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It has recently come to our attention that a local radio station has been marketing itself in a fashion that resembles the marketing efforts of KRCC. Colorado’s pure rock station, KILO 94.3FM has, for some time now, been using the Colorado license plate theme that so many loyal KRCC listeners and members have long associated […]

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When Noel Black was out a-antiquing recently, he came across a treasure trove of old matchbooks from local businesses. We dumped them out on a table and had a little chat about the matchbooks themselves and we reminisced about the businesses they advertised.

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We were invited inside the Cheyenne Mountain Air Force Station (often mistakenly referred to as NORAD, which conducts some of its operations inside the mountain), but weren’t allowed to take pictures. The Air Force did, however, give us a disc full of seldom-seen historic construction images without captions and some publicity photos, including photos of […]

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It’s hard to believe that KRCC is 60 years old this year. Just to put that in context, we’re 20 years older than National Public Radio (which turns 40 this year). When cultural institutions have been around as long as KRCC, it can be easy to forget that it hasn’t always been here and […]

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News

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July 6, 2015 | NPR · Pope Francis, the first pontiff from Latin America, was greeted by hundreds of thousands in Quito. Francis is scheduled to visit Bolivia and Paraguay next.
 

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July 6, 2015 | NPR · Finance Minister Yanis Varoufakis said his resignation could help the prime minister negotiate a better deal with the EU. However, he said, he will wear the “loathing” of Greek creditors “with pride.”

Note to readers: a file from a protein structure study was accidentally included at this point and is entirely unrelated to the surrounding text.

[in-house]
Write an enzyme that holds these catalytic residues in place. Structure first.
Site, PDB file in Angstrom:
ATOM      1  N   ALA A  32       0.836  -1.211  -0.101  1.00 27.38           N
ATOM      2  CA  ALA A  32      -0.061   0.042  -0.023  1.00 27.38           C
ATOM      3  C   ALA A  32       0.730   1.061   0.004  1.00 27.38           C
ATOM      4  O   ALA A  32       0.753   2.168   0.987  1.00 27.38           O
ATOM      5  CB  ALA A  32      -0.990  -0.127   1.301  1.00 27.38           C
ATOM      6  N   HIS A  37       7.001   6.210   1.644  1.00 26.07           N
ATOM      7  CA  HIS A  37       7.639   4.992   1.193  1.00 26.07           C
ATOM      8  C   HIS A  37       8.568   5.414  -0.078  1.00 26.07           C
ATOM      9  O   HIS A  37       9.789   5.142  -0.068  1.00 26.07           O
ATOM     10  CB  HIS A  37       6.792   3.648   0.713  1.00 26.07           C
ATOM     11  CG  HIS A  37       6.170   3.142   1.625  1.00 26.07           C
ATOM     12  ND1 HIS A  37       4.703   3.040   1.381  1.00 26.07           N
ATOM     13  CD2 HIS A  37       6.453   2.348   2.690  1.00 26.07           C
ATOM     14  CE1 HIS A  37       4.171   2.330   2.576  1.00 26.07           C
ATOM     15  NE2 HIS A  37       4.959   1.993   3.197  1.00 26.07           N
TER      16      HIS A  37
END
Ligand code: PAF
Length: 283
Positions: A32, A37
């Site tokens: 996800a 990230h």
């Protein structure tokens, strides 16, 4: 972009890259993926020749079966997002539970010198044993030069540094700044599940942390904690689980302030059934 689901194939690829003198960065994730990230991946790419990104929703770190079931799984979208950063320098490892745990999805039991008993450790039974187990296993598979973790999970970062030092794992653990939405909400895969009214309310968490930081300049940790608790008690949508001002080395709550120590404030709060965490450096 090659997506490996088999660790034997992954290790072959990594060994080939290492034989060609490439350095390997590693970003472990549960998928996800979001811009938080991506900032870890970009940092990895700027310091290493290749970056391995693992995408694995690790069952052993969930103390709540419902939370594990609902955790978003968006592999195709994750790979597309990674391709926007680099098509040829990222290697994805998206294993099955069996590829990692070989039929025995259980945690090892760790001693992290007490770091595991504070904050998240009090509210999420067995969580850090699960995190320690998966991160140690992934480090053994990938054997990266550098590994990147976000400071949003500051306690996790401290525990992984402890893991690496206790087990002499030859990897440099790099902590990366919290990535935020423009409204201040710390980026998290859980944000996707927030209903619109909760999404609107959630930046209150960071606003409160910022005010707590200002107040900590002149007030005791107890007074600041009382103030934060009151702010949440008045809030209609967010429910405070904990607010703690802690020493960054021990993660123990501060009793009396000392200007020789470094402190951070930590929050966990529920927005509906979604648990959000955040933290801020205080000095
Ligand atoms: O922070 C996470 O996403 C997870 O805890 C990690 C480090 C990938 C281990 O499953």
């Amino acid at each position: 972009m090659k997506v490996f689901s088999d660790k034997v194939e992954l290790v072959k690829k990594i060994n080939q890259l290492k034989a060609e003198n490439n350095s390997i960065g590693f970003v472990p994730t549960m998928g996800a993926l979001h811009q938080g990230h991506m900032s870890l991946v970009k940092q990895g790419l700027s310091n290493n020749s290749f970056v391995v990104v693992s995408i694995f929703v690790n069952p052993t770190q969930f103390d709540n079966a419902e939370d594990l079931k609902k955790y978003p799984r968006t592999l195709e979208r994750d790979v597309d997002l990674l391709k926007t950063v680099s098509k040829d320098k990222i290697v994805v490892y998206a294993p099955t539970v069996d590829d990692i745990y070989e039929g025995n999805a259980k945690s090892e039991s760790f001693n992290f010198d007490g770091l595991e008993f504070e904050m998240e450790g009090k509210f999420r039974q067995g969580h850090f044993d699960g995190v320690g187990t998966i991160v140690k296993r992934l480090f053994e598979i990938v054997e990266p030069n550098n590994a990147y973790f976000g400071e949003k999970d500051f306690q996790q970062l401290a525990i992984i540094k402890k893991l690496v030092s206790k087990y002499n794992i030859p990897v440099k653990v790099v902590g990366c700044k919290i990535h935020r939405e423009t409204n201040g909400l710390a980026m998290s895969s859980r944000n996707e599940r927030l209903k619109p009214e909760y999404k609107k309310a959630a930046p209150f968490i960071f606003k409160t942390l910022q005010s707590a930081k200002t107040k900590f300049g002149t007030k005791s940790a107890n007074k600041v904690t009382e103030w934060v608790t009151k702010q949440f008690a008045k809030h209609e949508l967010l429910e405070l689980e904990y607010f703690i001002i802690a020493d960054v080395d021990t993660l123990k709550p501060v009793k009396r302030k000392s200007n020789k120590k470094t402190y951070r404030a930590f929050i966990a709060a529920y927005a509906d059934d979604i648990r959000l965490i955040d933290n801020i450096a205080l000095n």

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July 6, 2015 | NPR · The latest session made history on several fronts, and accepted cases for next year that will likely make still more. This year the liberals won a lot — but that doesn’t mean they will in the future.
 

Arts & Life

July 6, 2015 | NPR · Shark Week is here, and scientists are afraid. Not of the toothy swimmers — but of inaccuracies, bad science and the demonization of animals that aren’t as ferocious as Discovery Channel has made out.
 

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July 5, 2015 | NPR · It’s an understatement to call the man busy. With a new book out, a movie due soon and another wrapping up on set, Apatow caught a breath and reflected on stumbling blocks, Freaks and Amy Schumer.
 

Courtesy of Doubleday
July 5, 2015 | NPR · Initially, the CIA was suspicious of Soviet aviation expert Adolf Tolkachev. But he earned their trust — and provided blueprints, documents and plans that were crucial to the U.S.
 

Music

YouTube
July 6, 2015 | NPR · In a soulful singer-songwriter’s new video, an idyllic outdoor reverie is not as peaceful as it seems.
 

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July 6, 2015 | NPR · The tribute, which strives to update Simone’s ability to capture the hope and rage of the ’60s for a contemporary audience, features six songs performed by Ms. Lauryn Hill.
 

Courtesy of the artist
July 5, 2015 | NPR · At 25, Barthe was already writing songs for pop stars, but life outside the studio felt like a battlefield. She speaks with NPR’s Arun Rath about the hard road to her full-length debut.